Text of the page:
So go forth and mine those tab and cap wonderlands out there. There is treasure to be had!


How to find cool stuff

20 May

I am asked now and again to share my secret technique or my secret settings, or my secret spots by aspiring metal detecting fans. When this happens I can’t help but chuckle because I think of myself as a green, inexperienced beginner with no secret techniques under my belt.

I discover something new about metal detecting every week and it seems  to me that this will go on until the day I breath my last.  I will share however, some of the things I have learned that I think have netted me the most loot.

This cannot be stressed enough. You have to slow down in order to allow the machine to process the signals AND also to allow YOU to process what the machine is telling you. When I hunted with the AT Pro, I hunted very slowly. I can hunt a bit faster with the Deus now but I still slow down relative to the speed of the machine and relative to my level of skill. I cannot tell you how many times I’ve caught a brief high tone among trash that I would have missed if I was hunting fast.

This seems obvious and self-explanatory yet, many people I see out there keep their coil about one inch off the ground and sometimes even higher! Wow! Talk about cheating yourself! If at all possible, your coil should be touching the grass or dirt. That’s why we have coil covers. Every millimeter between your coil and the ground is a millimeter LESS of depth you are getting.

Some day, the detector companies will figure out how to accurately identify a deep target and give you a nice consistent number on you Visual Display Identifier (VDI) screen. Until that day, you can rely on the VDI for the top six inches of dirt only. Everything deeper will give you a VDI, if you get a VDI at all, that won’t accurately reflect what’s under the ground. And even shallow stuff can give the wrong VDI number, depending on many different things such as trash nearby, amount of micro iron bits, ElectroMagnetic Interference (EMI), or the price of tea in China. Learn as much as you can from the audio signal. This means you will have to dig a lot of trash but believe me, it will pay off.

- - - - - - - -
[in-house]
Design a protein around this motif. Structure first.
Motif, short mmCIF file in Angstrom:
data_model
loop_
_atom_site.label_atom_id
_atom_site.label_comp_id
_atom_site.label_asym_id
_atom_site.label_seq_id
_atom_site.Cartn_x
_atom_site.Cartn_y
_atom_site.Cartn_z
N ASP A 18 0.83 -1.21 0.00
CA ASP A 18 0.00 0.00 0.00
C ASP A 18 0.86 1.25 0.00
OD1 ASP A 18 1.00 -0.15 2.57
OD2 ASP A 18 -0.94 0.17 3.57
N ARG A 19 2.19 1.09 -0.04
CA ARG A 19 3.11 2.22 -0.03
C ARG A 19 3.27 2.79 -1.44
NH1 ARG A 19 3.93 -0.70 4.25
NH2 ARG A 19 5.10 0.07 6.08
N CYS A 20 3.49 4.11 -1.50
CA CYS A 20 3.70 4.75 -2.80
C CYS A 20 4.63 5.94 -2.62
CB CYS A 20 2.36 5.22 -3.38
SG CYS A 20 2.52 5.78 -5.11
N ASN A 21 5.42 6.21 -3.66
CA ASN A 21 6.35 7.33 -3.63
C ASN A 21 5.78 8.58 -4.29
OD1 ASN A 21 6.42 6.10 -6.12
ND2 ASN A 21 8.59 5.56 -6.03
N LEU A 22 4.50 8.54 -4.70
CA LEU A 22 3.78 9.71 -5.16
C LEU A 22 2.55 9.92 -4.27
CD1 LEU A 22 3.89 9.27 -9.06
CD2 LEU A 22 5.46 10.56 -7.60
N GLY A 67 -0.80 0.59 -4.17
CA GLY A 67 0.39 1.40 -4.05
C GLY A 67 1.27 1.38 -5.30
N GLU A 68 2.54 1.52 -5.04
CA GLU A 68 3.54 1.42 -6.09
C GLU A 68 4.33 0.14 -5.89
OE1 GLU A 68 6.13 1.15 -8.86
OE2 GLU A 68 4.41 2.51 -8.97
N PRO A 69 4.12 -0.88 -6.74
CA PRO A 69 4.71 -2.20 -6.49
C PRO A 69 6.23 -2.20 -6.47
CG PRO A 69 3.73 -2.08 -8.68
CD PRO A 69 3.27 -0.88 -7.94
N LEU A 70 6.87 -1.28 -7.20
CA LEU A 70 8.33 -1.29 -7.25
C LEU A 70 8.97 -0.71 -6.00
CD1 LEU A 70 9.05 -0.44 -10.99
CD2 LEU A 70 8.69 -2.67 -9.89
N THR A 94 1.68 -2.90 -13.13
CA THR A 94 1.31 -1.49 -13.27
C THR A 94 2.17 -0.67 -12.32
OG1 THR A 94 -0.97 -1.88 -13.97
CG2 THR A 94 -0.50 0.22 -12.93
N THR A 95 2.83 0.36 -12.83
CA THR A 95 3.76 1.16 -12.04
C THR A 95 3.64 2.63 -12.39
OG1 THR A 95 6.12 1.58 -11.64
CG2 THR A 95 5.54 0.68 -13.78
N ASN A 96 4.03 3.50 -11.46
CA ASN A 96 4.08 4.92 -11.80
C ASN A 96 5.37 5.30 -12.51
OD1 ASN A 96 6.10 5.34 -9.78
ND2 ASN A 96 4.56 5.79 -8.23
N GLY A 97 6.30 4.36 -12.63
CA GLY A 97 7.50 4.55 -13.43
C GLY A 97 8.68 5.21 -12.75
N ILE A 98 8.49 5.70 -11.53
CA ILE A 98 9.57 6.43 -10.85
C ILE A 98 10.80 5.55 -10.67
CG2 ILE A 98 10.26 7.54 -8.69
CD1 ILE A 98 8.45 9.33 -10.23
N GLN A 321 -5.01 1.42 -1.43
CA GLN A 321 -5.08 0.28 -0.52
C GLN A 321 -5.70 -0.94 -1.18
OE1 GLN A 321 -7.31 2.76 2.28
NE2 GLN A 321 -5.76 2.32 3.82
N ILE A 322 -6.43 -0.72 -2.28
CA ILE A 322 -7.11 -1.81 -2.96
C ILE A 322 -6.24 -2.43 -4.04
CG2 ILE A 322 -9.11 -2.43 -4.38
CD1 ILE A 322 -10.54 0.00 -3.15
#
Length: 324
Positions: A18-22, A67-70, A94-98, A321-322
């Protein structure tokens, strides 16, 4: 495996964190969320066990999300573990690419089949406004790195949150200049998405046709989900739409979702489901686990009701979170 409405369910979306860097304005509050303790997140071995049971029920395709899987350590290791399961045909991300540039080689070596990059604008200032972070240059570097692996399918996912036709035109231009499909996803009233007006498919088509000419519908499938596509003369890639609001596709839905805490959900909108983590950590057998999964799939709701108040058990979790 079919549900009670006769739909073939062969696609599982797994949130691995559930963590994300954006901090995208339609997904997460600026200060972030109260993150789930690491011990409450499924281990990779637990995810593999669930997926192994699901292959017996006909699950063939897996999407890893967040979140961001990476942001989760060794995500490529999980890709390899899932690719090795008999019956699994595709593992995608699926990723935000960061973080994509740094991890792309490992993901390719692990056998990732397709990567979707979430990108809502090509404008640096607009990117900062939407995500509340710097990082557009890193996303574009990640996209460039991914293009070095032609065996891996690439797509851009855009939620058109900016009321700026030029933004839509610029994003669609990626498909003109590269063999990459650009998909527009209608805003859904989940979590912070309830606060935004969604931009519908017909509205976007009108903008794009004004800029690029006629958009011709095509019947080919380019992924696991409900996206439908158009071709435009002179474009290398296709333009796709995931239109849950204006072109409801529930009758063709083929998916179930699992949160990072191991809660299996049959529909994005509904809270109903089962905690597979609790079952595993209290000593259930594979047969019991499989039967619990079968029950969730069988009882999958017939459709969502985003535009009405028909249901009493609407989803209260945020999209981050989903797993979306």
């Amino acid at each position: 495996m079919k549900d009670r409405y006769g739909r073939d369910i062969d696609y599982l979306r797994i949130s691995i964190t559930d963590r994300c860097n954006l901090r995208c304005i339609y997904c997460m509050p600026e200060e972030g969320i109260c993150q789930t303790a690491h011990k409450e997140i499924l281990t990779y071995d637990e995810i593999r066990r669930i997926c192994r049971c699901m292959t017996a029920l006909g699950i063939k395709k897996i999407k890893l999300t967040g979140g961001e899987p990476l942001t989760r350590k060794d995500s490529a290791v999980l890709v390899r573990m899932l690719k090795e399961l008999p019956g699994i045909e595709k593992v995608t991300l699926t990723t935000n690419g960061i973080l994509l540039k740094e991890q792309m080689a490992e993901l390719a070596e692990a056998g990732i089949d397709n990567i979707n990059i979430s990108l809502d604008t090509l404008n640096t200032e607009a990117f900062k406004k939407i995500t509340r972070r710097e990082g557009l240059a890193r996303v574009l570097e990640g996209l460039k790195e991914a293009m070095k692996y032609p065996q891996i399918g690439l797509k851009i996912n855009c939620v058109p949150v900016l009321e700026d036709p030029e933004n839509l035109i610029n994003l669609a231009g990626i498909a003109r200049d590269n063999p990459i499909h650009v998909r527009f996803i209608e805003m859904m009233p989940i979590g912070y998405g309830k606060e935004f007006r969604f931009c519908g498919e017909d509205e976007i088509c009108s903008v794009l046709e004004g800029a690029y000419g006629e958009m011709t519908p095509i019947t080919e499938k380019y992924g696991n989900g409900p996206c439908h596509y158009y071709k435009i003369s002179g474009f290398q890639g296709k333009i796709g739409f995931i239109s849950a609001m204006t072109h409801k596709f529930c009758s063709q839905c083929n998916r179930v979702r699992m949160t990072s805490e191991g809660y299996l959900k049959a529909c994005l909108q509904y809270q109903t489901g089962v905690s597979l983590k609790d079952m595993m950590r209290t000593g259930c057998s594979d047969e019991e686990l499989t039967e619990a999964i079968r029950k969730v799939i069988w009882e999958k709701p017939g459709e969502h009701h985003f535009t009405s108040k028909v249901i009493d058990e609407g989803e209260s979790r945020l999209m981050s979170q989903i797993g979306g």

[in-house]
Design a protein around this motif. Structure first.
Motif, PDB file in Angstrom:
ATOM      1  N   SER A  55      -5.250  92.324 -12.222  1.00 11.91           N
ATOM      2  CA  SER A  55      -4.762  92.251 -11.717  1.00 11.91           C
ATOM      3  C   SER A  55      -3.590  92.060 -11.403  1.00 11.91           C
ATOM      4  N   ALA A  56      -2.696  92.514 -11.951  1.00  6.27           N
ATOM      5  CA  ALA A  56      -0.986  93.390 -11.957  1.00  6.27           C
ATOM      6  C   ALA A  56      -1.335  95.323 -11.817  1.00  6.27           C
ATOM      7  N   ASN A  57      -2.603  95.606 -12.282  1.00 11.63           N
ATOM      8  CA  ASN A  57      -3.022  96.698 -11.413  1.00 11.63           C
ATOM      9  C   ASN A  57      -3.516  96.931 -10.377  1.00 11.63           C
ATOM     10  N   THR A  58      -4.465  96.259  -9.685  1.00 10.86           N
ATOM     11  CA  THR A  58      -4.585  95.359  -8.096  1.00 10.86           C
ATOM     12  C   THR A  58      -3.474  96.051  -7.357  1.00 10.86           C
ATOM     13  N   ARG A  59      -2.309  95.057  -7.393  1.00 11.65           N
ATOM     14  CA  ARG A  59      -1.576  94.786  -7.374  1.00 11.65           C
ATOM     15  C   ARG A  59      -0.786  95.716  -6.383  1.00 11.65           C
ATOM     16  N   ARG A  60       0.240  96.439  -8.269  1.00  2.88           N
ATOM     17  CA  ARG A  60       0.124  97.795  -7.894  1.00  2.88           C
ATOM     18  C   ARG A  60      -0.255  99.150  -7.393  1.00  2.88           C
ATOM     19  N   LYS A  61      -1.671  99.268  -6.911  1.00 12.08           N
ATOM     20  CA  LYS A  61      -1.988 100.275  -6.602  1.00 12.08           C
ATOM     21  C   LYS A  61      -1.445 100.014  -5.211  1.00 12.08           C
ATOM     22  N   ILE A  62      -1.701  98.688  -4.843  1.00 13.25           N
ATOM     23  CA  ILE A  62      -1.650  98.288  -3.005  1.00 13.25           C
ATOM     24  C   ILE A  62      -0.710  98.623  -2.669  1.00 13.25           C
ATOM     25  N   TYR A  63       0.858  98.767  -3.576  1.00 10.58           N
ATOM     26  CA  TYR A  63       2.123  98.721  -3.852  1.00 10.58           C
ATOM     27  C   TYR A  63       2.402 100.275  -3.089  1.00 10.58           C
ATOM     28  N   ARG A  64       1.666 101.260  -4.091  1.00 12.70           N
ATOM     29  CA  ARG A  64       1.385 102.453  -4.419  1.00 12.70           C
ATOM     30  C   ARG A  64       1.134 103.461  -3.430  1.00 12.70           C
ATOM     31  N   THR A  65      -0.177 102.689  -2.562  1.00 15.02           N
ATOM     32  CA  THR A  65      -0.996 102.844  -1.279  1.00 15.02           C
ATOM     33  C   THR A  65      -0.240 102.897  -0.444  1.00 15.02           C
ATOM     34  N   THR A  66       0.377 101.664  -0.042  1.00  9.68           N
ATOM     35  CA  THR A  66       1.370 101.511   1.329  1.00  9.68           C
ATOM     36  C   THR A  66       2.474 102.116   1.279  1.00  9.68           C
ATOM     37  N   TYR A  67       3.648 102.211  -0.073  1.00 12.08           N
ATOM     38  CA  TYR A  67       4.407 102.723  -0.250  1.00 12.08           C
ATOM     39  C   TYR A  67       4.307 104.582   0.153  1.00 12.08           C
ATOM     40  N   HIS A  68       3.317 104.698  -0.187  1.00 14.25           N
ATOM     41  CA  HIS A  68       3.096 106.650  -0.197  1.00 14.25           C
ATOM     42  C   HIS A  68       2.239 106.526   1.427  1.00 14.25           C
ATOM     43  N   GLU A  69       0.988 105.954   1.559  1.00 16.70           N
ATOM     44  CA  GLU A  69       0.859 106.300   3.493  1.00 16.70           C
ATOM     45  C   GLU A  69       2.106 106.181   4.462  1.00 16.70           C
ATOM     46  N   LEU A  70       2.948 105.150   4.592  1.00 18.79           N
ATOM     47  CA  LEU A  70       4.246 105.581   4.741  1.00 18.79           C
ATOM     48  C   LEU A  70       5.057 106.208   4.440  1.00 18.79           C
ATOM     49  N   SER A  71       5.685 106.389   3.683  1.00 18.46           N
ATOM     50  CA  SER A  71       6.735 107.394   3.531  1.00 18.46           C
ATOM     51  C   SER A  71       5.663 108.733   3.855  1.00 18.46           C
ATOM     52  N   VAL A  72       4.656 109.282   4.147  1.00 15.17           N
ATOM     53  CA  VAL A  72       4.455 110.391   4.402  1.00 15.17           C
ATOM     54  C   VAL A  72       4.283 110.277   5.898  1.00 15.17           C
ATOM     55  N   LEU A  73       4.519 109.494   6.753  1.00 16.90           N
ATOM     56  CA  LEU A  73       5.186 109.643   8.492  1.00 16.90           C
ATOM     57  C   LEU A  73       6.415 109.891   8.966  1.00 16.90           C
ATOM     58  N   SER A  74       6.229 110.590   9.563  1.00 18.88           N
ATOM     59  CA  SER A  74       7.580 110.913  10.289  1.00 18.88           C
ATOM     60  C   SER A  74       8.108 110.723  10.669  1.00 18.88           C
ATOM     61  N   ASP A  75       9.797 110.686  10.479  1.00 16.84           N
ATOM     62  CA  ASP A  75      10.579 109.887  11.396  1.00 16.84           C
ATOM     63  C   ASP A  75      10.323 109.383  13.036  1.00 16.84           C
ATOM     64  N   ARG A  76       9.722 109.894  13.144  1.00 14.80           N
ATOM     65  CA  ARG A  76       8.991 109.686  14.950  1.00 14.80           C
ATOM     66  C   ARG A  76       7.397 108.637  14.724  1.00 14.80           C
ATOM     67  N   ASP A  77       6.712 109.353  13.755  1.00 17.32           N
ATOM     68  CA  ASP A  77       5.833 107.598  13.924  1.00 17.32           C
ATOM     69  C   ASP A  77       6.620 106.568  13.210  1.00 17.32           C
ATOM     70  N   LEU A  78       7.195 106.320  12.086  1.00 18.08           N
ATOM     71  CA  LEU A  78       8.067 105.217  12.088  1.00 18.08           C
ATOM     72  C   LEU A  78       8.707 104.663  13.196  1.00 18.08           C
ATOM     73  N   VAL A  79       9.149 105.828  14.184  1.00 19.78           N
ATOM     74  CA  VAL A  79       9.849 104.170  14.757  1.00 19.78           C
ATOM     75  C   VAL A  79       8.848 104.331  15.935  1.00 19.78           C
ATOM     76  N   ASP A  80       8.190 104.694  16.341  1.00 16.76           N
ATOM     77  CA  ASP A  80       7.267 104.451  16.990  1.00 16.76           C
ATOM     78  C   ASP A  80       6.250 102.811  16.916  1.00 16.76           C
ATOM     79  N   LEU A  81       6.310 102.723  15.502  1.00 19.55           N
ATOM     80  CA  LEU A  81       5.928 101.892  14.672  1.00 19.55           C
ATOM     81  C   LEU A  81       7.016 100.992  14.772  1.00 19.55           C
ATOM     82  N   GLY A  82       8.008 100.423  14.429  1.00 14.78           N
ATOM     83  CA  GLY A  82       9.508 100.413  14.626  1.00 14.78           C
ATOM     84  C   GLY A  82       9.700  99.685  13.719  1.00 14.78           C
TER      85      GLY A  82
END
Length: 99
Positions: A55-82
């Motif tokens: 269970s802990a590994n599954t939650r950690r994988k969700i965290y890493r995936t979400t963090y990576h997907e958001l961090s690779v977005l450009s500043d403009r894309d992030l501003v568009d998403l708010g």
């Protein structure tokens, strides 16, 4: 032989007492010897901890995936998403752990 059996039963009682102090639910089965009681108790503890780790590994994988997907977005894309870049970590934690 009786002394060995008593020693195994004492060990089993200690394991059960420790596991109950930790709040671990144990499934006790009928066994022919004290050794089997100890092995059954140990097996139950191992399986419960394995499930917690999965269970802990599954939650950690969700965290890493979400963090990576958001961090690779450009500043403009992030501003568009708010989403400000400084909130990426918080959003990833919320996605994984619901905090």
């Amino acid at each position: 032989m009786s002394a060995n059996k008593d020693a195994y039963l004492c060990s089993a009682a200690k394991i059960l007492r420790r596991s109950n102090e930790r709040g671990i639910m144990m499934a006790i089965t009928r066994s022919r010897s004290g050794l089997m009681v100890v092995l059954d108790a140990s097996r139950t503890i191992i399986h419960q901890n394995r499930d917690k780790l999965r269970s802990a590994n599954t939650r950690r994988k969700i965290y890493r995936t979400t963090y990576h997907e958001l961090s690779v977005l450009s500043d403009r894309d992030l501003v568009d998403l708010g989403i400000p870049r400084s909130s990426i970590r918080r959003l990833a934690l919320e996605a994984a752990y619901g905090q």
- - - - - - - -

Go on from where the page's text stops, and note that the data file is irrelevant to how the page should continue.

I dig iron all the time. I don’t mean I dig the iron grunts. No, I mean, I dig the wrap-around iron signals that give a high tone. I am slowly mastering the difference in sounds between a really deep silver coin and a rusted square nail. This cannot be faked or short-cut. There is no trick. There is only technique that will be refined through many, many holes dug. And guess what, eventually, I plan to hunt iron grunts. It’s a well known fact that once a good target achieves a certain depth, your detector can only see it as iron. It is necessary to acquire more skill to identify a good target that has ‘gone to iron’.

I hear people say that there is still plenty of silver in the first four inches of dirt. Really? Then why aren’t we finding many silvers every time we go out? Well, I happen to believe there is some silver in the first four inches of dirt but most of that easy, shallow silver has long been gone. No my friends, the silver that is left to us is either shallow but helplessly masked or deeper than six inches. Don’t fall prey to the “I don’t want to dig a 10 inch hole” attitude. Nowadays it’s easy to dig a 10 inch hole in a couple of seconds and it’s easy to do it neatly. And if someone tells you to use a probe as it was popular in the old days, please have them demonstrate how to use a probe on an 8-inch-deep coin and then please show ME how to do it so I will know.

here are many variables that dictate how a target will appear to your detector and most of those variables change through time. Don’t be afraid to attack the same site multiple times in the year. And then, return to it year after year. Seems like a waste of time? I find silver coins in our city parks and those parks have been hit by thousands of hunters through the decades. Why did they miss the silver I am finding? Refer to the variables. And people in the future will find the silver I missed today. That’s just the way it is.